Source: Mugabe threats: War vets live in fear – NewsDay Zimbabwe June 22, 2016
WAR veterans’ leaders are reportedly on high alert and have scaled up their security following President Robert Mugabe’s recent threats to crush them for seeking to dictate who should succeed him, NewsDay has learnt.
BY RICHARD CHIDZA
While most have chosen to remain tight-lipped and diplomatic, it has emerged that the former freedom fighters believe that Vice-President Emmerson Mnangagwa could also be a target of zealots if Mugabe pushes ahead with his unspecified threats.
Impeccable sources this week said Mnangagwa, presently ensnared in an internal Zanu PF struggle for power with a group of Young Turks known as G40, could be a prime target of fanatics.
“There is genuine fear that ED (Mnangagwa) and (War veterans’ chairman, Christopher) Mutsvangwa’s lives are in danger. Given the fact that it was the President, the most powerful man in the country, who described people as dissidents and you tie this to history, then you can understand where we are coming from,” an executive member of the Zimbabwe National Liberation War Veterans’ Association (ZNLWVA), who declined to be named, said.
“The other people whose lives could be in danger are (ZNLWVA) spokesperson, Douglas Mahiya and secretary-general Victor Matemadanda, but those would be second thought from what we understand. They are scared stiff, but will not say it publicly.”
But yesterday Mutsvangwa was quick to dismiss the insecurity fears.
“HE (Mugabe) revisited and revised that sensationalisation on the following day, as he addressed the national consultative assembly. I am still touched by the humility of HE in the apology he proffered when war veterans were manhandled and water cannoned earlier this year,” he said.
“That is testimony to our shared background of sacrifice with the State President in the dark hour of the freedom struggle. VP Mnangagwa further squelched any unfounded concerns by MDC deputies in the debate in Parliament last week.”
Matemadanda and Mahiya declined to comment on the matter. In response to questions from opposition backbenchers, Mnangagwa claimed Mugabe “said no such thing”, after he was asked whether it was government policy that the President crushed anyone who dared challenge him.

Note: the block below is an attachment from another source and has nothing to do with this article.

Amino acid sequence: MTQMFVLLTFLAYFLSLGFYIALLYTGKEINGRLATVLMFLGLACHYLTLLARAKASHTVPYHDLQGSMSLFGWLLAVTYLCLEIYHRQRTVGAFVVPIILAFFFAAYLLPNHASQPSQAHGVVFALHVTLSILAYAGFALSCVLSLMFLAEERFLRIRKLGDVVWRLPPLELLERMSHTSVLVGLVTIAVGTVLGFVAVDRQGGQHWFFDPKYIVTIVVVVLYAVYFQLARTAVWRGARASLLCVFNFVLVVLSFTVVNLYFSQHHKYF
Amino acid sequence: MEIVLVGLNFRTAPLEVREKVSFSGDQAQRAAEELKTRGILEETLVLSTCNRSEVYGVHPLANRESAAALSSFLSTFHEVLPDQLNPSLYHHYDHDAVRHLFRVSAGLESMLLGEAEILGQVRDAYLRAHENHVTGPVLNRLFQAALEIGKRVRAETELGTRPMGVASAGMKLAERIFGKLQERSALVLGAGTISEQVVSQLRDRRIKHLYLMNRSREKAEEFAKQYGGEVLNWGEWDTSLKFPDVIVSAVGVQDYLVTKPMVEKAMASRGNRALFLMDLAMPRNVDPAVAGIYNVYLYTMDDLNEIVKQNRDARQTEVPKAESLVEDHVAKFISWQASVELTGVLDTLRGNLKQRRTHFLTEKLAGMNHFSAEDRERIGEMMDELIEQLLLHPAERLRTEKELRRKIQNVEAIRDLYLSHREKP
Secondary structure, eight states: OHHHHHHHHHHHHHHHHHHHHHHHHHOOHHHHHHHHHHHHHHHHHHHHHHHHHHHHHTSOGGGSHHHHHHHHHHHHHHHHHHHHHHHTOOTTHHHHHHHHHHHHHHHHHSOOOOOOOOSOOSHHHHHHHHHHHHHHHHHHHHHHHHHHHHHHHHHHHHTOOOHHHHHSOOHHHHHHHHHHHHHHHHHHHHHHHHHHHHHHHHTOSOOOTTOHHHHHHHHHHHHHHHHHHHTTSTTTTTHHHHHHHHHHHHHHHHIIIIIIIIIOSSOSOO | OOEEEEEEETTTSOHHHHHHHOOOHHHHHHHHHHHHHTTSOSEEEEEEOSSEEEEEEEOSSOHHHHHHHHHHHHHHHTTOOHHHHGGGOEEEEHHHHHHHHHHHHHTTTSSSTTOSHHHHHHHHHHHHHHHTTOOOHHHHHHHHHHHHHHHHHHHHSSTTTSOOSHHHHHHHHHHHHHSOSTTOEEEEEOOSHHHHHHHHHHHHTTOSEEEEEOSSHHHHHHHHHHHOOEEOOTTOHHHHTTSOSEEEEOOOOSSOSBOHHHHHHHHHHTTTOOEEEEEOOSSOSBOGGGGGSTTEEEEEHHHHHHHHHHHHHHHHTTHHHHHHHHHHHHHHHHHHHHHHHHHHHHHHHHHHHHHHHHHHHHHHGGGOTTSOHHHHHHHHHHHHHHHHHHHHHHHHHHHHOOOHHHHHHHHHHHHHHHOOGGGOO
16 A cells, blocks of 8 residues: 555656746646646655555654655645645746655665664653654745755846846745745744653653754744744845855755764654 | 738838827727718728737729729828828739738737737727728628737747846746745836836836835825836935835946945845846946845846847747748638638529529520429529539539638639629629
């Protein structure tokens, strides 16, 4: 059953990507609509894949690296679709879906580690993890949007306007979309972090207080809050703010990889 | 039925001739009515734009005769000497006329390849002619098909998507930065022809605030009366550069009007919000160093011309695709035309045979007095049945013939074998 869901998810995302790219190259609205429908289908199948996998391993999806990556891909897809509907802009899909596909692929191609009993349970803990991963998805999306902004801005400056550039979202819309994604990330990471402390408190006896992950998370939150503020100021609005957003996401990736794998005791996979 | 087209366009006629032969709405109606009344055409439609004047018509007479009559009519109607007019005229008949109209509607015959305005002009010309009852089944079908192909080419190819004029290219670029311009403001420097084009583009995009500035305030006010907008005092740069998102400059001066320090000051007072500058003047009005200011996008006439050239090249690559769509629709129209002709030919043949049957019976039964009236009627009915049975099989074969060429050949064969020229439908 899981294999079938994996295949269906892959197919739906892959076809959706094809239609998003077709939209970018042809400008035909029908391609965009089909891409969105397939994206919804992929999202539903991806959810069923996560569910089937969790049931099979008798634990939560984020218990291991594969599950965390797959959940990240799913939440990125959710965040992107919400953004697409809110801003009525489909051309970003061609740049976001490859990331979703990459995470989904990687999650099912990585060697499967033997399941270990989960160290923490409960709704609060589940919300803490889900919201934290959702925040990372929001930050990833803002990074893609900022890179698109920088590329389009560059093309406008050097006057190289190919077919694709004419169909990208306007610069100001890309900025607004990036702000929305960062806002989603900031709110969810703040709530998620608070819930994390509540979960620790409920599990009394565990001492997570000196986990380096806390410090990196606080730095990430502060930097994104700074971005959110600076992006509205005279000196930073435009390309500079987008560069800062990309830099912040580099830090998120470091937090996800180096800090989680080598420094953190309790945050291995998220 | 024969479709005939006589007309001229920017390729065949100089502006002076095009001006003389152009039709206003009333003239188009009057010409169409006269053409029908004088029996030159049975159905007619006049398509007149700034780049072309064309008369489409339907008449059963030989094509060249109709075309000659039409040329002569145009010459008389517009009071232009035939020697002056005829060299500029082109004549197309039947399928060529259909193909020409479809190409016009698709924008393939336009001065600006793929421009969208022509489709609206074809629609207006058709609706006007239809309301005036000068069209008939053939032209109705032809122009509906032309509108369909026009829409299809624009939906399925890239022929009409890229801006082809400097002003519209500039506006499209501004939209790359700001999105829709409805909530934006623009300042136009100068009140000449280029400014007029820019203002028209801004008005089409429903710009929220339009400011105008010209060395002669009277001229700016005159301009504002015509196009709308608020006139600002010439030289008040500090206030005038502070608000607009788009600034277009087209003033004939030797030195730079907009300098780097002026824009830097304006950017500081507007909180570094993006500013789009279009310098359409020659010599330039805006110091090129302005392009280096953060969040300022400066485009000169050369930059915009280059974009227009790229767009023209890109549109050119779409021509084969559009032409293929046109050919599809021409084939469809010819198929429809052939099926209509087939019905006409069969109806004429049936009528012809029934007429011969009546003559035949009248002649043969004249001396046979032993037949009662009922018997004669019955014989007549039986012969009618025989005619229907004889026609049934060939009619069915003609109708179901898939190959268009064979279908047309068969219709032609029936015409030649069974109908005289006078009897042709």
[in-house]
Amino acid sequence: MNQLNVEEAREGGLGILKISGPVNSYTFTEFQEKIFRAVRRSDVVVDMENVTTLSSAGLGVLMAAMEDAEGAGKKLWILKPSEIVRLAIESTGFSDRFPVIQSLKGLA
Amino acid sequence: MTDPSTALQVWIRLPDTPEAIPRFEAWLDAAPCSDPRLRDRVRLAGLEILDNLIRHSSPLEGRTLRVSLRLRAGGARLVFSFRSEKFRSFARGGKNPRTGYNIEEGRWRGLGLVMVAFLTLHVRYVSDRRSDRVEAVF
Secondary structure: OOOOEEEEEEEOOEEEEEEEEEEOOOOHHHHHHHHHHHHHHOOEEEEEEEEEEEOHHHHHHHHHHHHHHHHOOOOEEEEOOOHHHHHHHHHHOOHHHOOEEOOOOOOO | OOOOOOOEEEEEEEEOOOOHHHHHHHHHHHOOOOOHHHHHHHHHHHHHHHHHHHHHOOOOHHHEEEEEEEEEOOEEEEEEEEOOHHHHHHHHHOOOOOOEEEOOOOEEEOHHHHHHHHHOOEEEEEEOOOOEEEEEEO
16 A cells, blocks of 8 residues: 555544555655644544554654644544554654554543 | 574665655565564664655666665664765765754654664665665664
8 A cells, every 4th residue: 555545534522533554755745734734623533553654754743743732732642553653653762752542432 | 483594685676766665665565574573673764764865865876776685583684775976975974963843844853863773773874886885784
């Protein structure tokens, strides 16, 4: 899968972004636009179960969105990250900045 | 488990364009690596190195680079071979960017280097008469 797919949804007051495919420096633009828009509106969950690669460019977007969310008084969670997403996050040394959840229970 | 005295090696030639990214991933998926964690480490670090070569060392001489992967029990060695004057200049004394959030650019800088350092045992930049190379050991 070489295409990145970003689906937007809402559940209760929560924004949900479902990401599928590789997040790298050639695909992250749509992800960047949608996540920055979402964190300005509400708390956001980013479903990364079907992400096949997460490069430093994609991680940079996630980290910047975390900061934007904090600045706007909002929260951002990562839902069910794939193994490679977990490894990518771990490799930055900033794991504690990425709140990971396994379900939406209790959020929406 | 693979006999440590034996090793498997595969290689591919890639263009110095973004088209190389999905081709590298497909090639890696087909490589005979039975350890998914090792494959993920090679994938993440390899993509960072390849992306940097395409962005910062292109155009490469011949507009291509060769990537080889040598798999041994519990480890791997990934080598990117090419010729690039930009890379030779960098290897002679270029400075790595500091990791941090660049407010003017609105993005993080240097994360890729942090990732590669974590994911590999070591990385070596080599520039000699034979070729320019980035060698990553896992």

“We have an umbilical attachment with State machinery of the new Zimbabwe, the means of coercive enforcement. We, therefore, can never ever be brought to fear our own,” Mutsvangwa said.
An angry Mugabe addressing his party’s central committee two weeks ago, in the wake of discussions about his succession by the former freedom fighters, warned he would crush those pushing for his heir, as the war veterans openly backed Mnangagwa.
“I say no to the war veterans’ association that does not know its mandate. It is not your function to talk of who should succeed the President or, worse still, threaten that unless what you want is fulfilled, there shall be bloodshed,” Mugabe thundered.
“That will not be allowed and steps will be taken against them. Dissidents tried it and you know what happened.”
In the early to mid-80s Mugabe unleashed the North Korean trained 5 Brigade on parts of the Midlands and Matabeleland provinces under the pretext of hunting down a handful of dissidents reportedly linked to then opposition leader Joshua Nkomo’s Zapu party.
What followed was an orgy of violence that left an estimated 20 000 civilians dead and tens of thousands displaced.
Before the crackdown, commonly known as Gukurahundi, which Mugabe later described as a “moment of madness” he had described Nkomo as “the father of dissidents”, characterising the former Zapu leader as a “snake whose head must be crushed”.
Zanu PF national commissar, Saviour Kasukuwere referred questions to Zanu PF spokesperson, Simon Khaya Moyo.
Efforts to get comment from Moyo drew blanks.